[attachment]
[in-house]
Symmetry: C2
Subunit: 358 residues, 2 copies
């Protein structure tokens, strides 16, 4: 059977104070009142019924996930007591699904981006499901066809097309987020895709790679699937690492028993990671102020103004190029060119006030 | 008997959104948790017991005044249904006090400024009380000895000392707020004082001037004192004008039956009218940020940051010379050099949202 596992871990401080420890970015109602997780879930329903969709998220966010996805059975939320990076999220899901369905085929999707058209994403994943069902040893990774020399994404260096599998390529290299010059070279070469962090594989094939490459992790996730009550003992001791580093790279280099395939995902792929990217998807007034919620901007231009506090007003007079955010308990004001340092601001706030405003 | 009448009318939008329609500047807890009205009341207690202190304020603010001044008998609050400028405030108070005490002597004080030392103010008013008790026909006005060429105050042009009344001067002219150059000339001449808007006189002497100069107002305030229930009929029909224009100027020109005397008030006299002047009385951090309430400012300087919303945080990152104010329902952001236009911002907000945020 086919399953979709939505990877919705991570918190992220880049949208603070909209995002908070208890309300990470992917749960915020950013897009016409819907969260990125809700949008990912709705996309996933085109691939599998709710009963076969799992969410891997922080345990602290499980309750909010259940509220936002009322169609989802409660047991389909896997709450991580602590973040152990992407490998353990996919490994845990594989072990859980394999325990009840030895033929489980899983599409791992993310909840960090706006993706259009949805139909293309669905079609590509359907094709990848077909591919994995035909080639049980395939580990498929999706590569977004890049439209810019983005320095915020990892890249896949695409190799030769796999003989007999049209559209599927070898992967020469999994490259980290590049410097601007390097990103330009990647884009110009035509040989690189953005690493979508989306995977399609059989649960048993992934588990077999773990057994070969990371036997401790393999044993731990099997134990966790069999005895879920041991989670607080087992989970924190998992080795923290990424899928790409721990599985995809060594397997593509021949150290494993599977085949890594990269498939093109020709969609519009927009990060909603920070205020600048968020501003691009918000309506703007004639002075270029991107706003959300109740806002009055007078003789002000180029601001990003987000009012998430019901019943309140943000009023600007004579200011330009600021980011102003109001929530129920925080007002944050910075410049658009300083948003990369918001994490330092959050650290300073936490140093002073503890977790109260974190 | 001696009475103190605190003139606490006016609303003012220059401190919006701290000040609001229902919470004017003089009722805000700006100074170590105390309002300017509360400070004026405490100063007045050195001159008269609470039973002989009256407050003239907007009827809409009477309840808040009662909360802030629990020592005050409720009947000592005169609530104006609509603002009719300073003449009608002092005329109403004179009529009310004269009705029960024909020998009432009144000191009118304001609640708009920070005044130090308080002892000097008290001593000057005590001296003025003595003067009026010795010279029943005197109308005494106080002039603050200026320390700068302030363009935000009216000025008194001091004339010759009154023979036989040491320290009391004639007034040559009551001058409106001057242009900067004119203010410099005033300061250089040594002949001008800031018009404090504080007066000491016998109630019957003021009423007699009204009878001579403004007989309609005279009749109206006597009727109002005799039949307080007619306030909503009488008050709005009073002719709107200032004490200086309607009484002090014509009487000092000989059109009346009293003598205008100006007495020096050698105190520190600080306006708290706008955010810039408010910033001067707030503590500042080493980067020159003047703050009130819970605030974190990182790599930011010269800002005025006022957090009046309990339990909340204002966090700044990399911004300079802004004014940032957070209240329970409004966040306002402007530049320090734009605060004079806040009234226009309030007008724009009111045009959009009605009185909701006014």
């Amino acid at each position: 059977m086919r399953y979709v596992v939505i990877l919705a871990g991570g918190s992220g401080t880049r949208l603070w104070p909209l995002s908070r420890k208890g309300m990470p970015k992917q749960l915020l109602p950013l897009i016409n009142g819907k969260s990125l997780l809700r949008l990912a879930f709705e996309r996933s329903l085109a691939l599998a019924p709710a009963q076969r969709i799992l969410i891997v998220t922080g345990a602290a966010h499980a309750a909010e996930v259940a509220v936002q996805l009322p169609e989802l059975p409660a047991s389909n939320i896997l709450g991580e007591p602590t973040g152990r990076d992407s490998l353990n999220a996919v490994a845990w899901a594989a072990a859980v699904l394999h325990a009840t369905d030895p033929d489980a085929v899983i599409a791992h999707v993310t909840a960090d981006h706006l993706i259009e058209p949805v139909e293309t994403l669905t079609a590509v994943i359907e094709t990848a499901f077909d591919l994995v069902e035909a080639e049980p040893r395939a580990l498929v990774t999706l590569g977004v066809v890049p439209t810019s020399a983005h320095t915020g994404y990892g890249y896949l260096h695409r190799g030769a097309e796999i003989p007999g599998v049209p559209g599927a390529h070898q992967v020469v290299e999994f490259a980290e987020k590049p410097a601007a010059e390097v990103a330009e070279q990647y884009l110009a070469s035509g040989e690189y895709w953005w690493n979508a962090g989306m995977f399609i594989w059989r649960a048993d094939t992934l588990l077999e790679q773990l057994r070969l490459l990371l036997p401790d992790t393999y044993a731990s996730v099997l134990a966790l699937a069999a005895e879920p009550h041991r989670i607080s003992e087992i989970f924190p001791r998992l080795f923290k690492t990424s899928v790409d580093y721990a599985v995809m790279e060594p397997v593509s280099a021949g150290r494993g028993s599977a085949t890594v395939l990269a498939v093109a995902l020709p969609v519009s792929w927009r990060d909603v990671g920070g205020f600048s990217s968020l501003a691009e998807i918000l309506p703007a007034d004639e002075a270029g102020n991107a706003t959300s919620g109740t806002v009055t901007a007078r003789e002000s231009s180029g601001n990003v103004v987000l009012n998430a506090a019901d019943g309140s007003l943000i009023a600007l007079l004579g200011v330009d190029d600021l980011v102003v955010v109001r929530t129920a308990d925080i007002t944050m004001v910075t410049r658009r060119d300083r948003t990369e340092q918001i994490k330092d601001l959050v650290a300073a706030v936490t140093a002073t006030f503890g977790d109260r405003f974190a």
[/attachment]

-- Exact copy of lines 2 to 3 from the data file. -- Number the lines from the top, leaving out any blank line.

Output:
Symmetry: C2
Subunit: 358 residues, 2 copies